City spending more than $20 million to upgrade ice rinks

Doyle Woody

The city on Friday announced plans to make significant upgrades to its four aging indoor ice arenas, using $20.6 million in state grants to replace or improve refrigeration systems and make other enhancements.

The rink repairs to Sullivan Arena, Ben Boeke Ice Arena, Dempsey Anderson Ice Arena and the McDonald Center in Eagle River will begin next spring, in phases, and continue through 2016.

The city said work will begin at Sullivan Arena and the McDonald Center in late spring next year, with improvements at Ben Boeke set for 2015 and upgrades at Dempsey Anderson scheduled for 2016. Repairs will take place during summer months because those comprise hockey's offseason, when demand for ice time drops substantially.

Refrigeration systems at McDonald, Boeke and Dempsey, which currently use Freon systems, will be replaced with more efficient, and modern, ammonia-based systems. Freon from those rinks will be stored for use at Sullivan Arena, which will undergo an upgrade of its current Freon system.

Sullivan Arena also will be outfitted with new dasher boards -- those are the boards that surround the ice surface -- and plexiglass. Dempsey and McDonald will likewise get new boards and glass, as will Rink No. 2 at Boeke. The boards and glass at Boeke's Rink No. 1 were recently replaced.

The city has earmarked $5.9 million for work at Ben Boeke and $5.8 million for work at Dempsey Anderson -- both facilities feature two sheets of ice -- as well as $4.8 million for upgrades at Sullivan and $4 million for repairs at the McDonald Center. Both Sullivan and McDonald each have one rink.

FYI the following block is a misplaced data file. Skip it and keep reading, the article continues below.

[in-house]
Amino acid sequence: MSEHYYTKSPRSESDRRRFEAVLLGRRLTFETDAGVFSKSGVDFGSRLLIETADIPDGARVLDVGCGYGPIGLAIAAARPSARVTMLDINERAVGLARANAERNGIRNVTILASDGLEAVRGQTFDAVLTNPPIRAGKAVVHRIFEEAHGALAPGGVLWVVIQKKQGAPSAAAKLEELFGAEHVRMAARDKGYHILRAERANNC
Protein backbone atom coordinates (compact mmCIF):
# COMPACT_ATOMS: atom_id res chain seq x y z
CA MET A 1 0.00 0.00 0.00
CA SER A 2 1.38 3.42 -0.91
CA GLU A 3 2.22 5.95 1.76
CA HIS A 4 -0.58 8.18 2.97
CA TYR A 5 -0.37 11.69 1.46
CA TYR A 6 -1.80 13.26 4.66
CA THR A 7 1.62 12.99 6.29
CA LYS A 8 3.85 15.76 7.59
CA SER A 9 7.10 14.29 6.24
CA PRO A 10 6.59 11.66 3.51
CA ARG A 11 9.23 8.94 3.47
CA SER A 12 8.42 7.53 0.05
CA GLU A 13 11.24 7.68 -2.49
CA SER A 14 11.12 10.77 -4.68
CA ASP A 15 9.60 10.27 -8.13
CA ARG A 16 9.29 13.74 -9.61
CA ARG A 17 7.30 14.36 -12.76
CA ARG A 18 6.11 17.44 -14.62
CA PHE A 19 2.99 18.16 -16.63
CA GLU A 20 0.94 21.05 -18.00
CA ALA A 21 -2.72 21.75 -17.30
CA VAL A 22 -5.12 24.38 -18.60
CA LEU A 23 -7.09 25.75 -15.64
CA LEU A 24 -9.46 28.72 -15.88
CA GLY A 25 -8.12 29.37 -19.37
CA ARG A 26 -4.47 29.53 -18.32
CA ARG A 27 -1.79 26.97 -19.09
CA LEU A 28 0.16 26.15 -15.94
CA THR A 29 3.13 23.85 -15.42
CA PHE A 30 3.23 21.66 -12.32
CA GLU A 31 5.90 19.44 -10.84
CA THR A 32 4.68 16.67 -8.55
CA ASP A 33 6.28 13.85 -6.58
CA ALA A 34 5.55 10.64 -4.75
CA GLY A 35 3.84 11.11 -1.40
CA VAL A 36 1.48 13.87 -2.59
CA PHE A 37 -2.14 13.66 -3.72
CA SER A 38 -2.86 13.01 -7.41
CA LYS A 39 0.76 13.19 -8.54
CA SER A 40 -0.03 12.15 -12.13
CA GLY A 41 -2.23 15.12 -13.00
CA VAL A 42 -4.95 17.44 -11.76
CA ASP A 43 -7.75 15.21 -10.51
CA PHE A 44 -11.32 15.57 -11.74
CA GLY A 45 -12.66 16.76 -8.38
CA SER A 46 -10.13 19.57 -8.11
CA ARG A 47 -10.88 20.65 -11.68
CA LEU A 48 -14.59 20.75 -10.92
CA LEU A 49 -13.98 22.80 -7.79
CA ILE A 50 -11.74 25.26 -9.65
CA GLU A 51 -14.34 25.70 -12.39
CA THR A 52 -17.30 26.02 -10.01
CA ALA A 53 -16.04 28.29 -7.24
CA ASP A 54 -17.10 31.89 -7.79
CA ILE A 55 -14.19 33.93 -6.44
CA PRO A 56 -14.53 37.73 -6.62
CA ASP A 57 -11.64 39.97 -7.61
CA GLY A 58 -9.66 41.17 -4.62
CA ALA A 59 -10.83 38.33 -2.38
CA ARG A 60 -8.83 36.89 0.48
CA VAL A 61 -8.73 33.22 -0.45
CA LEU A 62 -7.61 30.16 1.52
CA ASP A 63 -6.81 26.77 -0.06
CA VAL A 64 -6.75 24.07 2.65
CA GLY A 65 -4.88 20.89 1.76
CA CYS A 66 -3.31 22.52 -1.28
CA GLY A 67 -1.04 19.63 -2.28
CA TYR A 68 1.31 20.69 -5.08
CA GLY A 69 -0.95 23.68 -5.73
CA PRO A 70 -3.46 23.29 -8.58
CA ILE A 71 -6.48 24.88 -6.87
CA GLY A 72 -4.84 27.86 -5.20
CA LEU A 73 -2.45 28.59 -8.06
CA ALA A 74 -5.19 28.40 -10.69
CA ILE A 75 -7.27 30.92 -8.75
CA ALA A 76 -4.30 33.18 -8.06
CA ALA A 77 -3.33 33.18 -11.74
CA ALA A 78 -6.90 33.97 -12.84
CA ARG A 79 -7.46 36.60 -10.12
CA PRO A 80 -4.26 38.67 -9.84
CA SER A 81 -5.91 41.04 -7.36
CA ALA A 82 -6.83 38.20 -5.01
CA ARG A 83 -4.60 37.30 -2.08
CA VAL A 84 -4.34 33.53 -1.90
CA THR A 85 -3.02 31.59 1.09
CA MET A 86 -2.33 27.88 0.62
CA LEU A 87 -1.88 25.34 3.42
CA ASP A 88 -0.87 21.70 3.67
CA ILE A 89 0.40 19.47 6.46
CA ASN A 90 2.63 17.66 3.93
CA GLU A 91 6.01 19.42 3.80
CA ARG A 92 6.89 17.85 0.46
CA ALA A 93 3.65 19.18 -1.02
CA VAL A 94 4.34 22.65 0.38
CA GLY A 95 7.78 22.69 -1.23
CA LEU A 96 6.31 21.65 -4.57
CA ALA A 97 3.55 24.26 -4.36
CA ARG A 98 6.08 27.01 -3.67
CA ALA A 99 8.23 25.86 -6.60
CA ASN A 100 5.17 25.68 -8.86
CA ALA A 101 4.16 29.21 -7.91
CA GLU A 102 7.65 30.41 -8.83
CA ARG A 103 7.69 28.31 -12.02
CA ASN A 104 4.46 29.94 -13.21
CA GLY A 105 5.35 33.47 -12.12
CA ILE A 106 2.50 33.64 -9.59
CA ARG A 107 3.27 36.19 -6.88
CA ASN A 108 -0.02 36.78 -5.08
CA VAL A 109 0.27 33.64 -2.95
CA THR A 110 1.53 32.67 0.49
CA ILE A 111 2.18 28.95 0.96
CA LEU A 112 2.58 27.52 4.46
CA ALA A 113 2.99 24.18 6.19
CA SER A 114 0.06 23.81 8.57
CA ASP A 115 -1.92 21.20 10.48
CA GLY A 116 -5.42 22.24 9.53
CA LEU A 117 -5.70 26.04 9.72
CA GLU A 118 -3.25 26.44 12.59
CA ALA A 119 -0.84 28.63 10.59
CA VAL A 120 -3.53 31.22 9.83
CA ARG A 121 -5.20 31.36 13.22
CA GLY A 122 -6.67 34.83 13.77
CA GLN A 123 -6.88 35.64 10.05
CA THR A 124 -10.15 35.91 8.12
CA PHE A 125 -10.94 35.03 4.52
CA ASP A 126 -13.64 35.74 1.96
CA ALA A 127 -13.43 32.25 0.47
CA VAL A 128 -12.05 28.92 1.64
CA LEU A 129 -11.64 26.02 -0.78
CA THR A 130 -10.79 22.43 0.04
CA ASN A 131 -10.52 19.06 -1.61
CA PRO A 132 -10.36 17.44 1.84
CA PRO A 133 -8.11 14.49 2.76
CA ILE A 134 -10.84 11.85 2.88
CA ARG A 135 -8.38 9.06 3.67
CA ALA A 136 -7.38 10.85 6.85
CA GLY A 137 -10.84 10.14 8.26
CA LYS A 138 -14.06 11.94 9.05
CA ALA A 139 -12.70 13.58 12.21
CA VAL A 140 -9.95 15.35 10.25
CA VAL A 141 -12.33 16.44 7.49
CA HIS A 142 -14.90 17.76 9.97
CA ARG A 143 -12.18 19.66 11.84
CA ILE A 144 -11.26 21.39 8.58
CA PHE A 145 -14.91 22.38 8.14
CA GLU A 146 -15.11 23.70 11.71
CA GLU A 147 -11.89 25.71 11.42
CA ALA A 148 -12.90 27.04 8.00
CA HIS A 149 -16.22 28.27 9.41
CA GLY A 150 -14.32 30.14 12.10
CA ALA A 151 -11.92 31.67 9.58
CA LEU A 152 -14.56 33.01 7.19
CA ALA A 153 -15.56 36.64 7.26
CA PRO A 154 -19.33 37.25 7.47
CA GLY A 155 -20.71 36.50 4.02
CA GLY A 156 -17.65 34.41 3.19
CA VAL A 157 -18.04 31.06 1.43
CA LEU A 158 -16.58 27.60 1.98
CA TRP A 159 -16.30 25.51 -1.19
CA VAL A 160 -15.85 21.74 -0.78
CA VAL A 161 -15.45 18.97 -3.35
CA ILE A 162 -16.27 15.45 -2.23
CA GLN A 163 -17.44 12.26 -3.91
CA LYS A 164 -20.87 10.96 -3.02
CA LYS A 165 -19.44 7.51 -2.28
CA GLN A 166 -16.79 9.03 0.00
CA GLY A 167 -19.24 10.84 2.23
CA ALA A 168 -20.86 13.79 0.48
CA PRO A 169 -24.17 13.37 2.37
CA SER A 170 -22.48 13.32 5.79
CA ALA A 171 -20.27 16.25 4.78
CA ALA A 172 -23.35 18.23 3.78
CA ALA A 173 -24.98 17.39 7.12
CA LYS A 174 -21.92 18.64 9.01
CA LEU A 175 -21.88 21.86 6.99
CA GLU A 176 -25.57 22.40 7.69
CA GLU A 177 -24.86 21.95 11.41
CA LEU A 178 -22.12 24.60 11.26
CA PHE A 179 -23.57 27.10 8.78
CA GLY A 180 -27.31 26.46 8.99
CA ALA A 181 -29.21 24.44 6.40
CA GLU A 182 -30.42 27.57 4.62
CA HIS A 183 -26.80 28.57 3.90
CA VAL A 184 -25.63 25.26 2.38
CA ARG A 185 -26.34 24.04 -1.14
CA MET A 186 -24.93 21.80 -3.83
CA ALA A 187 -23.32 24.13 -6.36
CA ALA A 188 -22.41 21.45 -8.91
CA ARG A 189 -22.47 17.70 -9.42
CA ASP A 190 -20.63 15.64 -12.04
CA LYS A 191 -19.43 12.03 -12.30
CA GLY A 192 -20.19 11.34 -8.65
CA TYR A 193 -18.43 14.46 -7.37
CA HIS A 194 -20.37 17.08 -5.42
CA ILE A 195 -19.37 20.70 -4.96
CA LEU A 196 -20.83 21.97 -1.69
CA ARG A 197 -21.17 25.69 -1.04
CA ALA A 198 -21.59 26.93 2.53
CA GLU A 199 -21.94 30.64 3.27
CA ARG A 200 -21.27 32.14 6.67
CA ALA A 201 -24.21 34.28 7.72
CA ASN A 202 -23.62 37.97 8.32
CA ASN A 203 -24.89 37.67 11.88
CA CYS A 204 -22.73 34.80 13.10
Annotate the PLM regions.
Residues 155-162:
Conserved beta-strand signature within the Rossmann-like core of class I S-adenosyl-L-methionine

Mayor Dan Sullivan -- Sullivan Arena is named after his father, the late George Sullivan, a former mayor -- said in a written statement e he was thankful the city received funding from the legislature.

"I'm appreciative for the strong relationship between the Municipality of Anchorage and the lawmakers in Juneau,'' Sullivan said.

The upgrades are necessary for several reasons.

• All four rinks are old. Boeke opened in 1974, with the second rink added in 1979. Sullivan opened in 1983 and the McDonald Center in 1984. Dempsey Anderson opened in 1983 and its second rink was added in 1999.

• The current refrigeration systems in those rinks are commonly considered to be good for 20 years, and all four systems are older than that.

• And environmental regulations are phasing out Freon-based systems, which makes finding replacement parts difficult.

"You're looking at 30 years,'' said John Rodda, director of the city's Parks and Recreation department. "Times have changed, conditions have changed and regulations have changed.''

Corroded piping beneath the floor at Sullivan Arena a year ago allowed ground water to leak into the refrigeration system and compromised the ability to make ice. That problem threatened the Alaska Aces' annual exhibition games and UAA's season-opening Kendall Hockey Classic, but a series of repairs allowed ice to be made and averted a crisis.

McDonald Center general manager Reid McDonald -- the building is named after his late father, Harry McDonald -- said the rink there was without ice for about five weeks this summer when a valve seized. Fortunately, Norm Long, the long-time maintenance guru at Sullivan Arena, found a spare part at Sullivan. McDonald said he's eager for the upgrades, which are necessary because the refrigeration systems in city rinks are so old.

"We're on borrowed time, like everyone else,'' McDonald said.

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